8 Replies Latest reply on Jan 5, 2015 10:16 AM by Toby Erkson

    Defrag - geek out...

    Jeff Strauss

      Currently we have an 8 core active / 8 core passive setup.  Each of these boxes have 3 TB of hard drive space, but only a fraction is used.  That's a story for another day.  Anyways, to my demise, I looked and the HD was fragmented at 38%. And then I ran a defrag, and it got better, but then it got worse at one point up to 75% fragmented and an avg of 13 fragments per file. Oy.  What went wrong and why is the HD getting so fragmented in the first place.  Read on if you want to know.


      What went wrong

      The first time I ran defrag, I defragged the files and not the free space.  One of the stats that shows in the analysis is contiguous free space.  This is important because this is what new files are going to use.  So even though the files after the defrag were clean, there were still a smattering of small files spread across the free space thereby causing fragmented free space.  Lesson learned: Defrag both.


      Nowadays, we have included the defrag into the nightly backup script while the service is short stopped for a few minutes.  Seems like an opportune time to do it.  Next step is that we are growing our environment and datasets in a planned manner and expanding our cores and going to a distributed environment.  There are ways to defrag all drives in the environment by way of a script on the primary, but this is still under dev.


      So why did frag happen in the first place:

      We leverage a lot of extracts (via the data server) that are refreshed daily.  Every day these get slightly bigger as we are holding more history.  Each day they get bigger, they can't reuse the existing space, so they take up new space and the existing space is opened for other stuff at which time there could be small files that start to use this space.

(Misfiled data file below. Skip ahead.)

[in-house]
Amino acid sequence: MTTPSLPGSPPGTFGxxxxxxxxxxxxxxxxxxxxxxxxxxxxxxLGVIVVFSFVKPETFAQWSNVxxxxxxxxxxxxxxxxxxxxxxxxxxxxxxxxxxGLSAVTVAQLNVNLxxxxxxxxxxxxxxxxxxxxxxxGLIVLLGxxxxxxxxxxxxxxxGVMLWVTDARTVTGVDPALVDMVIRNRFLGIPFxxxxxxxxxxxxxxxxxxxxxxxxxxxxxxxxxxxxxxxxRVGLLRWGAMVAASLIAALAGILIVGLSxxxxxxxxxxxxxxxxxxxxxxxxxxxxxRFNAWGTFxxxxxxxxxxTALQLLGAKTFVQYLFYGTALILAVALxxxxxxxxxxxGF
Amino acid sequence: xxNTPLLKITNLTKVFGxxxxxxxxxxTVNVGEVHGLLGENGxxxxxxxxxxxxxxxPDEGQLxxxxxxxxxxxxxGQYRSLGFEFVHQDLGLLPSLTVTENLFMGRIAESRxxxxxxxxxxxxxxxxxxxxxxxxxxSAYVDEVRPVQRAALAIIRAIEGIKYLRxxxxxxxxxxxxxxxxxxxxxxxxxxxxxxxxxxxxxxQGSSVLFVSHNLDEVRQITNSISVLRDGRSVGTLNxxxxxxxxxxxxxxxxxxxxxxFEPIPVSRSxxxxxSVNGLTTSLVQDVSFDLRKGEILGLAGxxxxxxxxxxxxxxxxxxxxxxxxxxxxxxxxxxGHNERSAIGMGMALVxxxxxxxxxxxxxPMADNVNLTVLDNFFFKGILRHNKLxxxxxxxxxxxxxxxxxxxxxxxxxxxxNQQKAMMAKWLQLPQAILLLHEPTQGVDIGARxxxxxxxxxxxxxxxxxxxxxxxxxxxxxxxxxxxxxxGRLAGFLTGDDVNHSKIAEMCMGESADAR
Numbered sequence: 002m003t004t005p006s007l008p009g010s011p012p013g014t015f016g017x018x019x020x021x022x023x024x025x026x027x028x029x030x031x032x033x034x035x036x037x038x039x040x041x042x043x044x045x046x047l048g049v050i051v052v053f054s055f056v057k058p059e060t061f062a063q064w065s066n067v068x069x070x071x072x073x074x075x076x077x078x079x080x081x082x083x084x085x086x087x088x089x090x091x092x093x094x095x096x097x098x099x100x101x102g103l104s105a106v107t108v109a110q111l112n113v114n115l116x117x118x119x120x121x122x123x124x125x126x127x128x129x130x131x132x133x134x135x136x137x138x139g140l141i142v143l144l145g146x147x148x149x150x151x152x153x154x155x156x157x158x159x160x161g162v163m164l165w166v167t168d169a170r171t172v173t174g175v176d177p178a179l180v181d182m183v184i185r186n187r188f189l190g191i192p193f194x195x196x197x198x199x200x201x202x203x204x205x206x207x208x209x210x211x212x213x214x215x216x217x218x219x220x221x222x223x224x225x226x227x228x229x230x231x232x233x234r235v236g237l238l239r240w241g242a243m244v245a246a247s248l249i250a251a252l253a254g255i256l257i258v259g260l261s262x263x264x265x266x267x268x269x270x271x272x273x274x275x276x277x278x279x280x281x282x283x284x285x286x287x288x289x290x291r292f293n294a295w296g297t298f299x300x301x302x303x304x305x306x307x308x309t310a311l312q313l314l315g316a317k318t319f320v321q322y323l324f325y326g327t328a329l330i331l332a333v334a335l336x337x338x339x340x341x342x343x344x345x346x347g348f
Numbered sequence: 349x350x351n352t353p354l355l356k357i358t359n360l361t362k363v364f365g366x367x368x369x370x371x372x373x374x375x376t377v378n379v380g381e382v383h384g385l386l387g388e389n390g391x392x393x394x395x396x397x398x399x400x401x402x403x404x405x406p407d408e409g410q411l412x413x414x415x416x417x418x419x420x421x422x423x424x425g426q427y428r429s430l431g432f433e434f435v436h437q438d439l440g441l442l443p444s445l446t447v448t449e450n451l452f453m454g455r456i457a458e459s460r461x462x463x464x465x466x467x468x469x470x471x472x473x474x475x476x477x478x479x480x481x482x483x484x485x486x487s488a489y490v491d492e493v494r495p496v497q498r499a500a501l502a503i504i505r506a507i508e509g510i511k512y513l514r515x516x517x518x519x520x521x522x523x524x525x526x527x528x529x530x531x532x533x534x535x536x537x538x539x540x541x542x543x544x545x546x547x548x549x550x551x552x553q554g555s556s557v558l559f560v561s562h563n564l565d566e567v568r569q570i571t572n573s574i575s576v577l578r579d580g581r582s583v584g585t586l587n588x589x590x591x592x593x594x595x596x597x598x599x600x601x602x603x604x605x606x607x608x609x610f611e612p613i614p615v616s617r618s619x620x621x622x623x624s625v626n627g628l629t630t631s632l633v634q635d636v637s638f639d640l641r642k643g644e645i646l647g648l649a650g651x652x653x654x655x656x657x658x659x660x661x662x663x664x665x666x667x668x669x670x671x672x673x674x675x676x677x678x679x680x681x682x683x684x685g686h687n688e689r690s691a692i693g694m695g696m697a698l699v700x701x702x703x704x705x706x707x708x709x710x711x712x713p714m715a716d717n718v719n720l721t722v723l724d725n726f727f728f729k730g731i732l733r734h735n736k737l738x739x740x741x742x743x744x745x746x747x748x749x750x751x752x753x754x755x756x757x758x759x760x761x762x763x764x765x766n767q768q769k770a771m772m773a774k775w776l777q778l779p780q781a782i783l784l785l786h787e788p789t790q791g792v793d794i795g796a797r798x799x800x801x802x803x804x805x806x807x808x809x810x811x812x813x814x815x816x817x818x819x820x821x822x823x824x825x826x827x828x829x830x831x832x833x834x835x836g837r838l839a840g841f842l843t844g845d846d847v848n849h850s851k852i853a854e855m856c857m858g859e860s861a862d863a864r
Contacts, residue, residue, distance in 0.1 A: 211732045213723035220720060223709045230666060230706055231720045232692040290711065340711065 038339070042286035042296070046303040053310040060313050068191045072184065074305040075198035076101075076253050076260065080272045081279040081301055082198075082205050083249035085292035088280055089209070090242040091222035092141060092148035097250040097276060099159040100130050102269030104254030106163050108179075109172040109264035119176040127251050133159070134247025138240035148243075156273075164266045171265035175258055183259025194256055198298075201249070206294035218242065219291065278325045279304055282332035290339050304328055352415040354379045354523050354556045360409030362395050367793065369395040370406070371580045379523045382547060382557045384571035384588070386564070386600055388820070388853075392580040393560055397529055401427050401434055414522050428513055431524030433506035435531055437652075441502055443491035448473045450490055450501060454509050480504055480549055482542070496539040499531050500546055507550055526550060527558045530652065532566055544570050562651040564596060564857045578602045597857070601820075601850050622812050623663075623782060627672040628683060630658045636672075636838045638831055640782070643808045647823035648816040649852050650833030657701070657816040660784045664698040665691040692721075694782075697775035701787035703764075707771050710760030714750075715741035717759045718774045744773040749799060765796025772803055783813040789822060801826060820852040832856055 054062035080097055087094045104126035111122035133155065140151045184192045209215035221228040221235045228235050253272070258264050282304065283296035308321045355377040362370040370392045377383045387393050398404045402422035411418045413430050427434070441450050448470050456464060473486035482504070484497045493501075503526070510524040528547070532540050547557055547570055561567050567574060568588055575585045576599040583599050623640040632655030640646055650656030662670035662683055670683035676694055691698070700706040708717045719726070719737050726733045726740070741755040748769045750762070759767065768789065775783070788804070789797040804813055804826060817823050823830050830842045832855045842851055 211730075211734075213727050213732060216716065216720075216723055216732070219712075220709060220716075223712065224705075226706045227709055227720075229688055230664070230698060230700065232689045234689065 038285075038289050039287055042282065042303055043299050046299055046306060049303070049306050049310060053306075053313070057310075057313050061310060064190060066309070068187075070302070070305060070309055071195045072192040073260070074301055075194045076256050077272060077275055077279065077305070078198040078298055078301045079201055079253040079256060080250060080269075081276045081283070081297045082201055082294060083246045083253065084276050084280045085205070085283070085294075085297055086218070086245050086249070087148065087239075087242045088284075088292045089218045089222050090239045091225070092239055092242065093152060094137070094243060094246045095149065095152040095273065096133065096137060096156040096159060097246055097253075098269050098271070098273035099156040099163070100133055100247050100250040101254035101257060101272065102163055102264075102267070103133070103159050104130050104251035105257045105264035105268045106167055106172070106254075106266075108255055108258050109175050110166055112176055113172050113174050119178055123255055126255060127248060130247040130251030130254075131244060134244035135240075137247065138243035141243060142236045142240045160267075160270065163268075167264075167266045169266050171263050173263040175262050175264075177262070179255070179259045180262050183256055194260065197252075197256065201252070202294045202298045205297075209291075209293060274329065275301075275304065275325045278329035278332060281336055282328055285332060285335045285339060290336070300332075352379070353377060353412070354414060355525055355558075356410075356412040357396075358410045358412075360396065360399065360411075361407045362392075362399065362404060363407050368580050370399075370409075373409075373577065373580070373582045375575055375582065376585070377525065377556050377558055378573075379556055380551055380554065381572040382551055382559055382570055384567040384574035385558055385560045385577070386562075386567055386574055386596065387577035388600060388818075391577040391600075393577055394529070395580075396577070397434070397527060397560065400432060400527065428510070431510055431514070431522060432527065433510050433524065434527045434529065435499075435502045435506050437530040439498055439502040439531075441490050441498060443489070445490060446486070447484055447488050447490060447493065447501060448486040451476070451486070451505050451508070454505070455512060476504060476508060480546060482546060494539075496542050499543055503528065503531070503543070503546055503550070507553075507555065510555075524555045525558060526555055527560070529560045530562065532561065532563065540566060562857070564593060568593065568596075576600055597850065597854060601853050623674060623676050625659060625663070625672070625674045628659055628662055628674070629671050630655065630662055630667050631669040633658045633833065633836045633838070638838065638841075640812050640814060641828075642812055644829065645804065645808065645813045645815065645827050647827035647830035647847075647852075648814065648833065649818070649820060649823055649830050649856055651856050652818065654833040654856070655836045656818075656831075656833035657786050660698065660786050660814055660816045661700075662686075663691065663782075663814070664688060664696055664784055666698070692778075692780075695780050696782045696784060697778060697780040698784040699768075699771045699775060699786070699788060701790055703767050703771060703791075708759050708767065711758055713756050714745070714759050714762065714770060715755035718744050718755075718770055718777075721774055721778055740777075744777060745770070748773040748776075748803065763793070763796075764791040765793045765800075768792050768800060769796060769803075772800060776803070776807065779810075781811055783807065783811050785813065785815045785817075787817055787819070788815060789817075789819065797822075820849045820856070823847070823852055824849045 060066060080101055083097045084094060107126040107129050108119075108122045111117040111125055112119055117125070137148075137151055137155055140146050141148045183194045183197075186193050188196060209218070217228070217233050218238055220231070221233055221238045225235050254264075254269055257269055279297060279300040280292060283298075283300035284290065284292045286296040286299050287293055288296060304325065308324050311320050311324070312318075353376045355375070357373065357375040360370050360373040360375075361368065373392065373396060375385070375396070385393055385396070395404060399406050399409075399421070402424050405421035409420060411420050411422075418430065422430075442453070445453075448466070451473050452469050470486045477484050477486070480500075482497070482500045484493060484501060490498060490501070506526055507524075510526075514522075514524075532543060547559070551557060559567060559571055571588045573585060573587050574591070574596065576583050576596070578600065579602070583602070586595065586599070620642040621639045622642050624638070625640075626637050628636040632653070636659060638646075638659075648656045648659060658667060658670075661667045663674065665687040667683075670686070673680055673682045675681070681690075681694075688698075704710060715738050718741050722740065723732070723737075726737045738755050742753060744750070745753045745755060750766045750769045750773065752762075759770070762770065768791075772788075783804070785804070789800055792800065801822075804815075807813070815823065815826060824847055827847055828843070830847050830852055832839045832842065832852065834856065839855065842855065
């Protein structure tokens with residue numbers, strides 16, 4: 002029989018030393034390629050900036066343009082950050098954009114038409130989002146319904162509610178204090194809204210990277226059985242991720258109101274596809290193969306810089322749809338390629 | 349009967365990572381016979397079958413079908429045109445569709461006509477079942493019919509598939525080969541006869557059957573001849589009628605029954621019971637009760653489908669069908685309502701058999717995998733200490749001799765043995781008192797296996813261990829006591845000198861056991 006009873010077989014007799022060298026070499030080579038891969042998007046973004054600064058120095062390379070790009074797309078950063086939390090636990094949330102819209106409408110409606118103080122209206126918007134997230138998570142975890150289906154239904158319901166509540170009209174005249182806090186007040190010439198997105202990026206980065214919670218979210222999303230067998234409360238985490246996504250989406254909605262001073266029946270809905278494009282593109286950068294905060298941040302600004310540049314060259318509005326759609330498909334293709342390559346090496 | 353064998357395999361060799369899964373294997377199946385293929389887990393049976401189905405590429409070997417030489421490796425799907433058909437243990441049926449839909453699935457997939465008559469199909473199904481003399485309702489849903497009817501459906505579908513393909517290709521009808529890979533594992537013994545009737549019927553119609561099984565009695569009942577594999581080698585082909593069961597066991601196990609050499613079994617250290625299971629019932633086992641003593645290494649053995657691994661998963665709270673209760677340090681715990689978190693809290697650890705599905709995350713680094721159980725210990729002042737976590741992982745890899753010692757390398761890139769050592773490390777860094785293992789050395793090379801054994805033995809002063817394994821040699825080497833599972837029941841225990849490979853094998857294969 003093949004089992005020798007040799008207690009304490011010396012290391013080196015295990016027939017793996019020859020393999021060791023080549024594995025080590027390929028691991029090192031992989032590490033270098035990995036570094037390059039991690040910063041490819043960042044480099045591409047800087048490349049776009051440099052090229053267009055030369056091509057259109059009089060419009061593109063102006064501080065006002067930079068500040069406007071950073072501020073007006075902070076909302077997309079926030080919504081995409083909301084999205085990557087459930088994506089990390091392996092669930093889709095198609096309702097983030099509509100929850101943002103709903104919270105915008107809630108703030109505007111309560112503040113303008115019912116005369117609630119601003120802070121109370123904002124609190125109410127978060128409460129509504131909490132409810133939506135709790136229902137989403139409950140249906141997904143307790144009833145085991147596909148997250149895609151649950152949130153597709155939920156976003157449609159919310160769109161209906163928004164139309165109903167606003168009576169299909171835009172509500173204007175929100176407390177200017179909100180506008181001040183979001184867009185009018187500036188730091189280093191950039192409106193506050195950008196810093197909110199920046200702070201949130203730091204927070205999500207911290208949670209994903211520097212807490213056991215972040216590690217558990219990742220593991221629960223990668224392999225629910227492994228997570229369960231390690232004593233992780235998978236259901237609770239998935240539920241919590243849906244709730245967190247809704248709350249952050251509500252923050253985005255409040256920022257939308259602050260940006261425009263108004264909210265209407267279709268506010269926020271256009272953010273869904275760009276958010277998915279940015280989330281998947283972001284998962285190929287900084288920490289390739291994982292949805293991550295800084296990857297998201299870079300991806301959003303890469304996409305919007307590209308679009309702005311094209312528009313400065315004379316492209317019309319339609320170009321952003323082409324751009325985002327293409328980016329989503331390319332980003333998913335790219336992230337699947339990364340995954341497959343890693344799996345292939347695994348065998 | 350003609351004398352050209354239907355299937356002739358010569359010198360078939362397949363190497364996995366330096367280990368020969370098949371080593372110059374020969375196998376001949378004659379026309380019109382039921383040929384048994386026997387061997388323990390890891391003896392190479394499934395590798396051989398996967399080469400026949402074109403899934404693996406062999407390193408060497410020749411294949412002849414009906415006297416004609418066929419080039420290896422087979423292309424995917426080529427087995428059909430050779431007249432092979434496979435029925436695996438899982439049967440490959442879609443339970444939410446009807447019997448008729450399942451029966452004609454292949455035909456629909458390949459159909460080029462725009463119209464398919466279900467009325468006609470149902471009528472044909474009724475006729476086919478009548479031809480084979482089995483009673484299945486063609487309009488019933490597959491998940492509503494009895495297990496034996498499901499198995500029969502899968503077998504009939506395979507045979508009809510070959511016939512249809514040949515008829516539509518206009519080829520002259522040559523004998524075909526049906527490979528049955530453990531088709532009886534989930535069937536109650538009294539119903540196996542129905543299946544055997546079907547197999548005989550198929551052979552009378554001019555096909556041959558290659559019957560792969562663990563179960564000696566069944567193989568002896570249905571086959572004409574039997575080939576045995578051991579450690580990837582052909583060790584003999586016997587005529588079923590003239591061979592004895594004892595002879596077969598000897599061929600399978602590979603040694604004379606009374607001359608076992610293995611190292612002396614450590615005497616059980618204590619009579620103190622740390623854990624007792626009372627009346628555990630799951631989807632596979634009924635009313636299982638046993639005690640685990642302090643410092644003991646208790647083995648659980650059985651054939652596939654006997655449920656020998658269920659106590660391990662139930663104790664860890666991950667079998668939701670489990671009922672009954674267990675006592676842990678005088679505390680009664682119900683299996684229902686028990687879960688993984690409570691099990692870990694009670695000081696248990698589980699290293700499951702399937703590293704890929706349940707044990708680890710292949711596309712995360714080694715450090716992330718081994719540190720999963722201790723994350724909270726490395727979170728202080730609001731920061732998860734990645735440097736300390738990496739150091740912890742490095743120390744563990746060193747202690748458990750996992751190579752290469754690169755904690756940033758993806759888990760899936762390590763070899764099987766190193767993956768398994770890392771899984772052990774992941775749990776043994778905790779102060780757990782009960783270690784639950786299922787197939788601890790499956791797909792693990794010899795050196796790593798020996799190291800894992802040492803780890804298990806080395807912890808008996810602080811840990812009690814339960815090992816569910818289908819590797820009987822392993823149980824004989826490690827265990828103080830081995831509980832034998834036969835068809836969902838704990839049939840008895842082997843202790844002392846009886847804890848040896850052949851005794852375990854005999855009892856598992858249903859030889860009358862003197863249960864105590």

100 gig hard drive


      Day 1 has an extract that is 10 gig in size.  It is replaced each day with slightly bigger (10.01, 10.02, 10.03, etc.), Each day this occurs, the disk looks for contiguous space and is ok the first 9 days.  On around the 10th day, fragmentation starts to occur because 10.10 gig is asked for in contiguous space, in addition 100 1meg files have come along and are sprinkled across the open space.  Even though we are using only 11 gig, the free space is fragmented.  So the 10.10 gig is saved as 2 segments, and then eventually the problem becomes worse.

        • 1. Re: Defrag - geek out...
          Toby Erkson

          Good advice!


          We only have a 300GB hard drive right now but on day 1 I set a defrag schedule to do a full defrag every Wednesday night on production and QA.  The drives are always at 0%.  We have a strong extract environment and with 8 cores and 3 backgrounder processes things are going nicely.

          • 2. Re: Defrag - geek out...
            Jeff Strauss